The term social distancing has been limited to staying away from people for at least 1 metre as recommended by the World Health Organization (WHO). However, it is important we know that the concept is far more than just staying at a distance from people. It can also mean total staying away like remaining at home, etc. Let us consider some of the dimensions in application of Social Distancing.

What is Social Distance?

Social distancing refer to a conscious effort to reduce close contact between people and hopefully stymie community transmission of infectious diseases. Social distancing is a term applied to certain actions that are taken by Public Health officials to stop or slow down the spread of a highly contagious disease. The Health Officer has the legal authority to carry out social distancing measures. Since these measures will have considerable impact on our community, any action to start social distancing measures would be coordinated with local agencies such as cities, police departments and schools, as well as with state and federal partners.

Dimensions of Social Distancing

Keep your distance

One way to slow the spread of viruses is social distancing (also called physical distancing). The more space between you and others,

the harder it is for the virus to spread.

In public

Social distancing in public means people:

  • stay at home unless is absolutely necessary
  • keep 1.5 metres away from others

  • avoid physical greetings such as handshaking, hugs and kisses
  • use tap and pay instead of cash
  • travel at quiet times and avoid crowds
  • avoid public gatherings and at risk groups
  • practise good hygiene



Steps for social distancing in all homes include:

  • stay at home unless going out is absolutely necessary

keep visitors to a minimum

  • reduce visits to the shops — instead, buy more goods and services online if you can for pick-up, pre-order or delivery
    carefully consider what travel and outings are necessary, both individual and family
    regularly disinfect surfaces that are touched a lot, such as tables, kitchen benches and doorknobs
    increase ventilation in the home by opening windows or adjust air conditioning

If someone in your household is sick, you should:

  • care for the sick person in a single room, if possible
    keep the number of carers to a minimum
    keep the door to the sick person’s room closed. If possible, keep a window open
    wear a surgical mask when you are in the same room as the sick person. The sick person should also wear a mask
    protect other vulnerable family members by keeping them away from the sick person. At-risk people include those over 65 years or people with a chronic illness. If possible, find them somewhere else to live while the family member is sick.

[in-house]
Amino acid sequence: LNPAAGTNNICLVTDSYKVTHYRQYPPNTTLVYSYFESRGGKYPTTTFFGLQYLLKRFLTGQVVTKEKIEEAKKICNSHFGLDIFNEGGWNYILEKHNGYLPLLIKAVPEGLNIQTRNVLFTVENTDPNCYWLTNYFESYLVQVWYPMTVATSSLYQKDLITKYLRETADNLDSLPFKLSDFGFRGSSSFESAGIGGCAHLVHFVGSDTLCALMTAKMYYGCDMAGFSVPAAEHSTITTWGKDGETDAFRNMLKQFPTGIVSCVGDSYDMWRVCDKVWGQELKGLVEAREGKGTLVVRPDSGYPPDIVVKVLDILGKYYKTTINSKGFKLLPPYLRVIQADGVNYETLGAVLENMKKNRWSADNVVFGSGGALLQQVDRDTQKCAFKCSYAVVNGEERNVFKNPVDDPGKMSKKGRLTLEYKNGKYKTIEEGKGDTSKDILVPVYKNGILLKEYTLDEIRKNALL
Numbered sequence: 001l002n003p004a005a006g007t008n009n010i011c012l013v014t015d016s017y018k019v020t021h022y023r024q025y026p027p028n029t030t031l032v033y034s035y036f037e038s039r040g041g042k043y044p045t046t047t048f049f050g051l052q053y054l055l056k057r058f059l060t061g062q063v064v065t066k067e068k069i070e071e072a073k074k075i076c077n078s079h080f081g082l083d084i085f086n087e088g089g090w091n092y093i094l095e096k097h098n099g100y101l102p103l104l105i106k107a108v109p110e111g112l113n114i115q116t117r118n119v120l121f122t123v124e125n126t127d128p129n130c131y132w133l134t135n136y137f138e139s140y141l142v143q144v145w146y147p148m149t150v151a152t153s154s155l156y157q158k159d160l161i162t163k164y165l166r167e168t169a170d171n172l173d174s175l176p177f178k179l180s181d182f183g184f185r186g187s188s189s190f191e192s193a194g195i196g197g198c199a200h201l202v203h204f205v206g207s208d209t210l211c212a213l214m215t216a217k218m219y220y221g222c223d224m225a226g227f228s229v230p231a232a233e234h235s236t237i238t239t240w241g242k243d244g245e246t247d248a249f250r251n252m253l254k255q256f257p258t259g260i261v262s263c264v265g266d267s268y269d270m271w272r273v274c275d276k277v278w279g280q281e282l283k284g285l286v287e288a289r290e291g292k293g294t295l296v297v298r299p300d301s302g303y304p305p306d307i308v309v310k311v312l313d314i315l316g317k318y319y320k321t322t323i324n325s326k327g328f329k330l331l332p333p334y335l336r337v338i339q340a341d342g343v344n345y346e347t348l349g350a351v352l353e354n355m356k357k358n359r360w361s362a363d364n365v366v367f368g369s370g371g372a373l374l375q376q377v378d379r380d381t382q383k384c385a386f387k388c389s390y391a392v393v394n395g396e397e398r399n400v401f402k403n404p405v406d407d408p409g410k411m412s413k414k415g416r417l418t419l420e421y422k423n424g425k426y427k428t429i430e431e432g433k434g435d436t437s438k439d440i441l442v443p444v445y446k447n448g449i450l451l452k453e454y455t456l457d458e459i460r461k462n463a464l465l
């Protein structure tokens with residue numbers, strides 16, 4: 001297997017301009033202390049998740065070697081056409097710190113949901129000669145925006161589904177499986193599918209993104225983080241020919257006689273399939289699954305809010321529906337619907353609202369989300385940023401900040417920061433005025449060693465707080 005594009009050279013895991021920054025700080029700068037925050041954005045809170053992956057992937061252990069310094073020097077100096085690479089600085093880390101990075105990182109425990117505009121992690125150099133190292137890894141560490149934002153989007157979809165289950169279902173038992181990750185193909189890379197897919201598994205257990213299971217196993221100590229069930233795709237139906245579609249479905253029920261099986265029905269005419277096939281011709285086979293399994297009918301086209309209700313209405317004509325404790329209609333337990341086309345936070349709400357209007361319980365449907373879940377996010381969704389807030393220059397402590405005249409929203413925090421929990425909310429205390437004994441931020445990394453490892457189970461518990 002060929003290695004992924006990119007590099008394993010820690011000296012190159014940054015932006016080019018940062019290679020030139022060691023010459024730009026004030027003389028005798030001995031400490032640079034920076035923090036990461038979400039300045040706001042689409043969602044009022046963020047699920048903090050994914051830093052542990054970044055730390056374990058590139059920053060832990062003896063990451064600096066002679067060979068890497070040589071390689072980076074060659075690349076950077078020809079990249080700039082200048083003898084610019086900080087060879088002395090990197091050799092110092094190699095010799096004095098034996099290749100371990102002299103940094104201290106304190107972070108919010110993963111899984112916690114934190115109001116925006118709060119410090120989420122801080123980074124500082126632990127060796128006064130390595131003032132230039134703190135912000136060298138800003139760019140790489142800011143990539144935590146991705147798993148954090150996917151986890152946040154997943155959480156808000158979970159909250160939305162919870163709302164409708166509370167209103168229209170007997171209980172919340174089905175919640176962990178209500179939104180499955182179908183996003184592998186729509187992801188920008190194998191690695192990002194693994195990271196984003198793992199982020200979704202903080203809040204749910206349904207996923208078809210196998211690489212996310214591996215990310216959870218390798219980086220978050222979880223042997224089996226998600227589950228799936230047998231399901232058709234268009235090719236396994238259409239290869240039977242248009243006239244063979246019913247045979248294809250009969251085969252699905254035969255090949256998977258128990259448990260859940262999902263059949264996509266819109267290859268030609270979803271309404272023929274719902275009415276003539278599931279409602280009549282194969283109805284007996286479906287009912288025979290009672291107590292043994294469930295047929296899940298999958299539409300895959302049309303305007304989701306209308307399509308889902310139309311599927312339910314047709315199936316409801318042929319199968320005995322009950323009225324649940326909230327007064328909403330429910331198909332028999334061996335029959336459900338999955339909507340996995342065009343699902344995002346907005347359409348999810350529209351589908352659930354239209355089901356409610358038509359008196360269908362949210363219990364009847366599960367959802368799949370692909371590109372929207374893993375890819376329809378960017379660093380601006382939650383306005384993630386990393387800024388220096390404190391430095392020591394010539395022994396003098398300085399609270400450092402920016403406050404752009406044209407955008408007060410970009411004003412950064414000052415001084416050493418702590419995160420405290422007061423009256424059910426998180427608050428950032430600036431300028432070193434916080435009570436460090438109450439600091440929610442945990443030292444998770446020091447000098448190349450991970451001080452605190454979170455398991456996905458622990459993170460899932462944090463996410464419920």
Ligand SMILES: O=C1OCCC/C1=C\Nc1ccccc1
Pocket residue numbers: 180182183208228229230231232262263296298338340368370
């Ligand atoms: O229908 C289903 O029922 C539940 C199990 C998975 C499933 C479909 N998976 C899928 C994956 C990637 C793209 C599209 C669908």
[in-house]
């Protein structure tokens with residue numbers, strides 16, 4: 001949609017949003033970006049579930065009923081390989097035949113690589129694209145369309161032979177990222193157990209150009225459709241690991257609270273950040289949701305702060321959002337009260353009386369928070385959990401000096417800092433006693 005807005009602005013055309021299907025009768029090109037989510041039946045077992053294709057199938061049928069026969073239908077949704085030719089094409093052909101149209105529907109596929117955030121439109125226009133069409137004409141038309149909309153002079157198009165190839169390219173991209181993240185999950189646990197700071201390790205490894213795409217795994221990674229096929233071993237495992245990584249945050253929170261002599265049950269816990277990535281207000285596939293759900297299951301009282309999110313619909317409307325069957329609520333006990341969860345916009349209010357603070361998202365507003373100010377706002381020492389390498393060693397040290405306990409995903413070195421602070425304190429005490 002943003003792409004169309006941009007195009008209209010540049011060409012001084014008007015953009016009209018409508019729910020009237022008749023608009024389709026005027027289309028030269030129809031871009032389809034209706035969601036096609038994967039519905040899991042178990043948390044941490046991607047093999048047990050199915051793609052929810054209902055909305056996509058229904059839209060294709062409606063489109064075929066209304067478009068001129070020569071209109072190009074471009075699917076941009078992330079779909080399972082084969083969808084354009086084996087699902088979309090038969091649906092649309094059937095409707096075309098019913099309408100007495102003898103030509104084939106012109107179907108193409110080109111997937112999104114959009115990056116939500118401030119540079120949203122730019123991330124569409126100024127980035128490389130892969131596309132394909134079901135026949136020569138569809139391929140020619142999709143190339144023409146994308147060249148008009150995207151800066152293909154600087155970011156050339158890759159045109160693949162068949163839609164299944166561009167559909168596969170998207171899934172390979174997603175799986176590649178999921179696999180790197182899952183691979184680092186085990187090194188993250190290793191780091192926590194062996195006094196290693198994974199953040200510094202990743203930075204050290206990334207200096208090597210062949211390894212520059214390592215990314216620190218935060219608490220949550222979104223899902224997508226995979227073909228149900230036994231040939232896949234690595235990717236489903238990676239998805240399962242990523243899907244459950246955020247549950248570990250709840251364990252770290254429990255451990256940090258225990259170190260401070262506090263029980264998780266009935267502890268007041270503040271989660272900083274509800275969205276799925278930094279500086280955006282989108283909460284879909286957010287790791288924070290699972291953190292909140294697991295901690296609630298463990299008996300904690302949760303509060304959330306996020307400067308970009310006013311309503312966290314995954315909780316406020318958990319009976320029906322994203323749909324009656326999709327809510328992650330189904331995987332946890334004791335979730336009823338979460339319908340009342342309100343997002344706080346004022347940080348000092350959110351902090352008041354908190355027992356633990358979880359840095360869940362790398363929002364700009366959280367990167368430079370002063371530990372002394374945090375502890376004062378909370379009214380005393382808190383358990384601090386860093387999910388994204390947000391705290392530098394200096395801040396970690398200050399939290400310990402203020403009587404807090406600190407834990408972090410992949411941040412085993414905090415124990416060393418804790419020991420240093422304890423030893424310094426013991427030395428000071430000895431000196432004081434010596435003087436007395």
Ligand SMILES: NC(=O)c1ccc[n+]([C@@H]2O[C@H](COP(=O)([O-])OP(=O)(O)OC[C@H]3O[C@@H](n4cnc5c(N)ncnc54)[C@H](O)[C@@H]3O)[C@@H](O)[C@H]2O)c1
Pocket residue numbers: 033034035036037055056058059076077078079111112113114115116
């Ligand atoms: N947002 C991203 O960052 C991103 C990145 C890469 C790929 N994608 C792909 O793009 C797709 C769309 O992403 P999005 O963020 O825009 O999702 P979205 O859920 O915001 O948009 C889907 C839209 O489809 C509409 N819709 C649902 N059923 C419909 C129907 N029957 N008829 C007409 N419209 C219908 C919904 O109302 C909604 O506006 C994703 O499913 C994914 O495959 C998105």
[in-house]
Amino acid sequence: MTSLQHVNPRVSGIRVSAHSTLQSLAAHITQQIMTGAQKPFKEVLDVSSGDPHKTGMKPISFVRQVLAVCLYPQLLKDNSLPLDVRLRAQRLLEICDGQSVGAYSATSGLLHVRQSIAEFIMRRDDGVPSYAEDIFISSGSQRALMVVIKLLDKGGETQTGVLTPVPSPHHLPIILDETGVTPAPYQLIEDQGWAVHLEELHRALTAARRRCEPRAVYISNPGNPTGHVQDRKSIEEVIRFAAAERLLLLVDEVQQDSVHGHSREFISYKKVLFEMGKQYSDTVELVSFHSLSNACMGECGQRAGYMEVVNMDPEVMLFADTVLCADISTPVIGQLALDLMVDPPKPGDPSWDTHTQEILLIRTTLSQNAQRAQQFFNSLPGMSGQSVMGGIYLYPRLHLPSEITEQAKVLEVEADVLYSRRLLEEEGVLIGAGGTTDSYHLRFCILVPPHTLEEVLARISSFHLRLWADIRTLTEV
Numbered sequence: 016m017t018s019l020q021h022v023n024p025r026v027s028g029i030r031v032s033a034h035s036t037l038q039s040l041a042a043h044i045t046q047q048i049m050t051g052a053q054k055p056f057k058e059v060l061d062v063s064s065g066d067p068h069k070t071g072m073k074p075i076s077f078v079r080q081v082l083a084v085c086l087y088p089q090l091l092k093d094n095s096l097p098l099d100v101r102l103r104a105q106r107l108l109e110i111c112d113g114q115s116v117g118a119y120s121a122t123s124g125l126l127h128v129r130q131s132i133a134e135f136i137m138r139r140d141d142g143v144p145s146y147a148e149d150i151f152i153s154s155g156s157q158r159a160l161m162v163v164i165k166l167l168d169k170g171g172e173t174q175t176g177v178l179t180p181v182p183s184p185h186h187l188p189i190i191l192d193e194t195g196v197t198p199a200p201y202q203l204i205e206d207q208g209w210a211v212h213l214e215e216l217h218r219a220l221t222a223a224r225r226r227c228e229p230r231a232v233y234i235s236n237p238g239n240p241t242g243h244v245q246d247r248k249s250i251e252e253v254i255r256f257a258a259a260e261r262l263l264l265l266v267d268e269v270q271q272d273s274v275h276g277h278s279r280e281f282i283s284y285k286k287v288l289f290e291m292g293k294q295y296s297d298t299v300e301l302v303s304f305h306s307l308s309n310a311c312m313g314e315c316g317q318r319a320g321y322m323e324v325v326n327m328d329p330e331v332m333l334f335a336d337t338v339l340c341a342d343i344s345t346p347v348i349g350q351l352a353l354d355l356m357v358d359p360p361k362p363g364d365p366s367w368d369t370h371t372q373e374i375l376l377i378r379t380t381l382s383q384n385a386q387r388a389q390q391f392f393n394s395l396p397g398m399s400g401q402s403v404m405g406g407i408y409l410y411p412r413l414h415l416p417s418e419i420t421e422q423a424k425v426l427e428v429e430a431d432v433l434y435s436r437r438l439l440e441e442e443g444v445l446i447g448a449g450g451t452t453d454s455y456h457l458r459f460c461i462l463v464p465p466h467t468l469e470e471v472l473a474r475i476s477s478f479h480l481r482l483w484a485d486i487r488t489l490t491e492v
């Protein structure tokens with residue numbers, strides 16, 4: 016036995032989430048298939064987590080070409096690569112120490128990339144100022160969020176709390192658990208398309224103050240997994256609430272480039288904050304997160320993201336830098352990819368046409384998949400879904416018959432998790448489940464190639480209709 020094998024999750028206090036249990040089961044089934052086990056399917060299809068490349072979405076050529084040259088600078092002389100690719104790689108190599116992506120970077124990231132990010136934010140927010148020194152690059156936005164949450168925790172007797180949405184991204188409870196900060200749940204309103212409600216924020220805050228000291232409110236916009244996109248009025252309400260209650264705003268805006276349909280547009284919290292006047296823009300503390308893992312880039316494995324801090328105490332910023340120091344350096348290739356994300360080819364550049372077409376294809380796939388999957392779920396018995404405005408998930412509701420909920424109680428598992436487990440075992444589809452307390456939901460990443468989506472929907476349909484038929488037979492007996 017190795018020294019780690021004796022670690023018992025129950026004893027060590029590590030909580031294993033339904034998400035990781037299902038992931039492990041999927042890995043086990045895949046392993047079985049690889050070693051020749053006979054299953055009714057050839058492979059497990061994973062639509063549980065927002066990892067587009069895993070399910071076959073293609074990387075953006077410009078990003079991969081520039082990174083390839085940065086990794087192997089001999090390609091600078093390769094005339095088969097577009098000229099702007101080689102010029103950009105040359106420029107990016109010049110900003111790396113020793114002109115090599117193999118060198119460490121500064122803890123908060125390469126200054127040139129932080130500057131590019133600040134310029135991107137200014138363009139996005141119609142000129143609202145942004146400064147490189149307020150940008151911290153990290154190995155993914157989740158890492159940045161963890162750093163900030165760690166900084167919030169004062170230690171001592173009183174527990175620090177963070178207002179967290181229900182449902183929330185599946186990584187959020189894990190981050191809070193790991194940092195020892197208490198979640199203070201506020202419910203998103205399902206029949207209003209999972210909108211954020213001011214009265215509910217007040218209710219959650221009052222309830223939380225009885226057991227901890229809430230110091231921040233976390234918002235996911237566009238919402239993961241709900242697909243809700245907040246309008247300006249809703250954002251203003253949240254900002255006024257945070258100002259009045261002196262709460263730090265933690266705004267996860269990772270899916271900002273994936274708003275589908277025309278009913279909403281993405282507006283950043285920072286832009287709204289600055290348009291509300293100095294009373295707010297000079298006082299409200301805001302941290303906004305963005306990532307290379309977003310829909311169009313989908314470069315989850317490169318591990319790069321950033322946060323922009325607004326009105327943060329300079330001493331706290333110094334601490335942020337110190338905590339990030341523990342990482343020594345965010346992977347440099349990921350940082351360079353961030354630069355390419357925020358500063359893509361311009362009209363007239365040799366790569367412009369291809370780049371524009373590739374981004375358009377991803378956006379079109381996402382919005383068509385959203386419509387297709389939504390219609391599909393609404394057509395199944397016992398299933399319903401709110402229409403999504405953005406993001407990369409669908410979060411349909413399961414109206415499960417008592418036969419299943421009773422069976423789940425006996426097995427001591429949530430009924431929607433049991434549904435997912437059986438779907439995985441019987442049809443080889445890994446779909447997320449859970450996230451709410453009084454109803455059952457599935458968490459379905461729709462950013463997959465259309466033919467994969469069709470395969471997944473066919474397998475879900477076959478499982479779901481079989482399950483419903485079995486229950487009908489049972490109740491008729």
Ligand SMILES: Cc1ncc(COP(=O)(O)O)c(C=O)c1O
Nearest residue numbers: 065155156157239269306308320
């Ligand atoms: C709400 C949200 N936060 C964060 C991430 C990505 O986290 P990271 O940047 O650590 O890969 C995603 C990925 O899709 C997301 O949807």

At work

If you can, work from home. If you cannot work from home and you are sick, you must not attend your workplace. You must stay at home and away from others

Steps for social distancing in the workplace include:

  • stop shaking hands to greet others
  • hold meetings via video conferencing or phone call
  • put off large meetings to a later date
  • hold essential meetings outside in the open air if possible
  • promote good hand, sneeze and cough hygiene
  • provide alcohol based hand rub for all staff and workers
  • eat lunch at your desk or outside rather than in the lunch room
  • regularly clean and disinfect surfaces that many people touch
  • open windows or adjust air conditioning for more ventilation
  • limit food handling and sharing of food in the workplace
  • avoid non-essential travel
  • promote strict hygiene among food preparation (canteen) staff and their close contacts
    consider if you can reschedule, stagger or cancel non-essential meetings


In schools

If your child is sick, they must not go to school or childcare. You must keep them at home and away from others

To reduce the spread of viruses or germs in schools:

  • wash hands with soap and water or use hand sanitiser when entering school and at regular intervals
  • stop activities that lead to mixing between classes and years
  • avoid queuing
  • cancel school assemblies
  • have a regular hand-washing schedule
  • regularly clean and disinfect surfaces that many people touch
  • conduct lessons outdoors where possible
  • consider opening windows and adjusting conditioning for more ventilation
  • promote strictest hygiene among food preparation (canteen) staff and their close contacts


Keep in touch with others

You can still keep in touch with loved ones while you practise social distancing:

  • use video chats
    schedule phone calls to chat with others you would normally see
    use online groups to interact
    chat with neighbours while keeping 1.5 metres apart
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